However, as forecast above, the next reviewing court reversed that reversal. In Re: Tempnology LLC, 879 F.3d 389 (1st Cir. 2018). The First Circuit struggled with the mandates of trademark law requiring the owner of the mark to monitor and exercise quality control over the use of its mark by a licensee or risk losing the continued validity of its mark. The First Circuit reasoned that Congress’s intended purpose of the right of a reorganizing debtor to reject executory contracts was to relieve the estate from burdensome obligations that could hamper its ability to reorganize. And, imposing monitoring obligations upon a reorganizing debtor was directly at odds with that purpose.
The Supreme Court finally resolved this controversy and Circuit split, reversed the reversal of the reversal, and found in favor of Mission. Even though Mission, in the tortured path of the remaining year of its license, chose not to continue to sell products bearing the Coolcore® marks, the Court rejected Tempnology’s argument that the case was moot. The opinion includes an interesting discussion on mootness beyond the scope of this article. The Court centered its reasoning under the plain language of 11 U.S.C. § 365(g) that rejection of an executory contract “constitutes a breach of such contract,” but it does not automatically rescind the contract and prevent the other party from enjoying its rights. For example, when a bankrupt landlord “rejects” a lease, the lessee is not immediately evicted, but may chose to remain in the leasehold as long as it fulfills its obligations of rent, etc. Similarly, a rejected license agreement does not automatically require the licensee to cease and desist from its right to market and sell goods or services bearing the marks
Justice Gorsuch provided a rousing “lone wolf” dissent that there is no “case in controversy” because Mission elected not to sell products bearing the marks until the license expired; thus, this is the wrong case to address the issue. But, the Court’s 8-1 ruling made clear that a trademark licensee who acquired rights under a standard license agreement may continue to exercise its rights to sell the products, or provide the services, bearing the mark even after the bankrupt debtor rejected the agreement. The plain language of the statute and the analogy of a law firm renting a copier are sound. [A law firm that leases a copier with a maintenance agreement may choose to continue to use the copier after rejection in bankruptcy; the debtor cannot just take the copier back, but no longer needs to provide maintenance.]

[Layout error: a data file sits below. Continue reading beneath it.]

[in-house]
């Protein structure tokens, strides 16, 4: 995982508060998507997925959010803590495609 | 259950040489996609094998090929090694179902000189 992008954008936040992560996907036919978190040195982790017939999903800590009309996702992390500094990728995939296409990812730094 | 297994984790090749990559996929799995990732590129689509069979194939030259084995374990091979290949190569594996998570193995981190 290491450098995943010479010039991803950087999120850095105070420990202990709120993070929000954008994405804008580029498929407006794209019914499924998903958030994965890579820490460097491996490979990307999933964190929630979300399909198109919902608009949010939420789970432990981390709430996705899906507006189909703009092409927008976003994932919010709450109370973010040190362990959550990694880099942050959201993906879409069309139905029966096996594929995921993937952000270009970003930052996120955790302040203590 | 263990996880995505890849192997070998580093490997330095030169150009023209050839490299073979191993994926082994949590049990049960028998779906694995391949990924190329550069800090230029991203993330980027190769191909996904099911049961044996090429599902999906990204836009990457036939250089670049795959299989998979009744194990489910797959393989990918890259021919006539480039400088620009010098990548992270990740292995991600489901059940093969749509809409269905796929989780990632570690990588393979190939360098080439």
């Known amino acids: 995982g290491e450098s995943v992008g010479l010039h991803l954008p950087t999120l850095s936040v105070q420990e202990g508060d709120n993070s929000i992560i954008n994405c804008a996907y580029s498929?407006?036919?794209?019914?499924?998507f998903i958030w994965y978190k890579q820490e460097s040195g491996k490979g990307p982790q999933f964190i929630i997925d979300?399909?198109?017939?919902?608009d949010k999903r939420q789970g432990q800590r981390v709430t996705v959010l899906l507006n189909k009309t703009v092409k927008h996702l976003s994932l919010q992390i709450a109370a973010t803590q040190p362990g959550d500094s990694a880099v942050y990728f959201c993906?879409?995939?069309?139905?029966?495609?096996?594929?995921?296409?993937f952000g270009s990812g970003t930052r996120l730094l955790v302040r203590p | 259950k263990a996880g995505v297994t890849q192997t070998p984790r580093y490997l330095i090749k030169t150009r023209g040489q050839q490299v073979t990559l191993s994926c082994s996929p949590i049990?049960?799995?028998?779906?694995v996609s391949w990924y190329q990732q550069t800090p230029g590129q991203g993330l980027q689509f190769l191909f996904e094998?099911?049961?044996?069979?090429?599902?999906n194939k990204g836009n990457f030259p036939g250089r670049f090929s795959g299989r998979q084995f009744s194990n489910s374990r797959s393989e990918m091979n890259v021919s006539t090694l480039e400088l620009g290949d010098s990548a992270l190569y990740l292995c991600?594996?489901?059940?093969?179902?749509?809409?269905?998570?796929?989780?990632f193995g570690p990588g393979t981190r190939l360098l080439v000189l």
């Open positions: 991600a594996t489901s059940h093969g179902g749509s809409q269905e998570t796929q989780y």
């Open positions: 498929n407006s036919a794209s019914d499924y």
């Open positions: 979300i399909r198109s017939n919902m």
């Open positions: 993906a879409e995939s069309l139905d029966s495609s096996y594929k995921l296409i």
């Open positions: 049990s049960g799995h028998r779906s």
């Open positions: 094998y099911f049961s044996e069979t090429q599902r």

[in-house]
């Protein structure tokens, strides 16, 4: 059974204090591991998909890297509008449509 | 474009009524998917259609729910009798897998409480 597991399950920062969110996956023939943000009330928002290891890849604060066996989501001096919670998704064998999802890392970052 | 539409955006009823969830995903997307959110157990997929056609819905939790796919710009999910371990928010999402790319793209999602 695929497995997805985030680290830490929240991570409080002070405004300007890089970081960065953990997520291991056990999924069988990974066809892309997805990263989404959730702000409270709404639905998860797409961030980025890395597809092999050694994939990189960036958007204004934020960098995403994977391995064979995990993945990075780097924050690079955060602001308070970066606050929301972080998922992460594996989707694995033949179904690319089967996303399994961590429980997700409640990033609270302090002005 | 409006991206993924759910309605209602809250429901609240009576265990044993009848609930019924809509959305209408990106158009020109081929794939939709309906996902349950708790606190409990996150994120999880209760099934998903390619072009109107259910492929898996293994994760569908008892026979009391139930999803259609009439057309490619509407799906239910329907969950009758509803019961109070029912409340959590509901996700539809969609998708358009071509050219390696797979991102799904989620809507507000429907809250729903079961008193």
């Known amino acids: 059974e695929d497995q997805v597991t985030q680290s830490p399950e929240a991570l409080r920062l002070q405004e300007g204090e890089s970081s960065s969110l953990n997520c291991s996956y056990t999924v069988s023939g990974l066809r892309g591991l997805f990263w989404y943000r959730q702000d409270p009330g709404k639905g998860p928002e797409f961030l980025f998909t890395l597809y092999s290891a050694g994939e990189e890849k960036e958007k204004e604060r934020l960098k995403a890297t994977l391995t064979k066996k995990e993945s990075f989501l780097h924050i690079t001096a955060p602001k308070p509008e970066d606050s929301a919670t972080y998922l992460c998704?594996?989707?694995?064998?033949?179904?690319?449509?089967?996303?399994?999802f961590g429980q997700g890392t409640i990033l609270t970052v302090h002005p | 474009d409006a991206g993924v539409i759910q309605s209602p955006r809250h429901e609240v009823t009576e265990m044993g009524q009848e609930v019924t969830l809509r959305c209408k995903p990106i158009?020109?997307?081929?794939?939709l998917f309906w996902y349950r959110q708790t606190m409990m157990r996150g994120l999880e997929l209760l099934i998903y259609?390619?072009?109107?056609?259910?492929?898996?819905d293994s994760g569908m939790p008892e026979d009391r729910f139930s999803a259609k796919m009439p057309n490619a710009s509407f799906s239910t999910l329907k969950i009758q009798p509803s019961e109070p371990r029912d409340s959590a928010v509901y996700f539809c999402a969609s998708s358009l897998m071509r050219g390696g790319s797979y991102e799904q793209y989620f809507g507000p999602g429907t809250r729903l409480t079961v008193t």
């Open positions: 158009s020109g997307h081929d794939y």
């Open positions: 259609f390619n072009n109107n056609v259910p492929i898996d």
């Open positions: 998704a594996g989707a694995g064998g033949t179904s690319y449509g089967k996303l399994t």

But, the Court, and the dissent, completely failed to address the practical consequences of the argument that a bankrupt debtor seeking to reorganize must undertake the burdens of policing the use of its mark to ensure quality control. Assume ABC, Inc. purchases a license to sell BBQ chicken under the well-established trademark “Mango Tango Rubbed and Smoked Bubba-Q Chicken.” It operates successfully in its location for a few years with its owners investing their life’s savings into this smoked chicken. Then suddenly, the owner of the mark files bankruptcy and rejects the license. Under the SCOTUS ruling – assuming no trade secrets, vendor restrictions, etc. are infringed – ABC, Inc, may be able to continue to sell under the “Mango Tango Rubbed and Smoked Bubba-Q Chicken” name; and the Debtor is theoretically responsible for policing its mark to ensure that it may emerge from bankruptcy with its brand intact. Query whether that is the purpose of Chapter 11 of the Bankruptcy Code or merely an unintended consequence of a decision beholden to the “plain language of the statutes?” This decision is a call for Congress to act by a Supreme Court who will not legislate by the judiciary.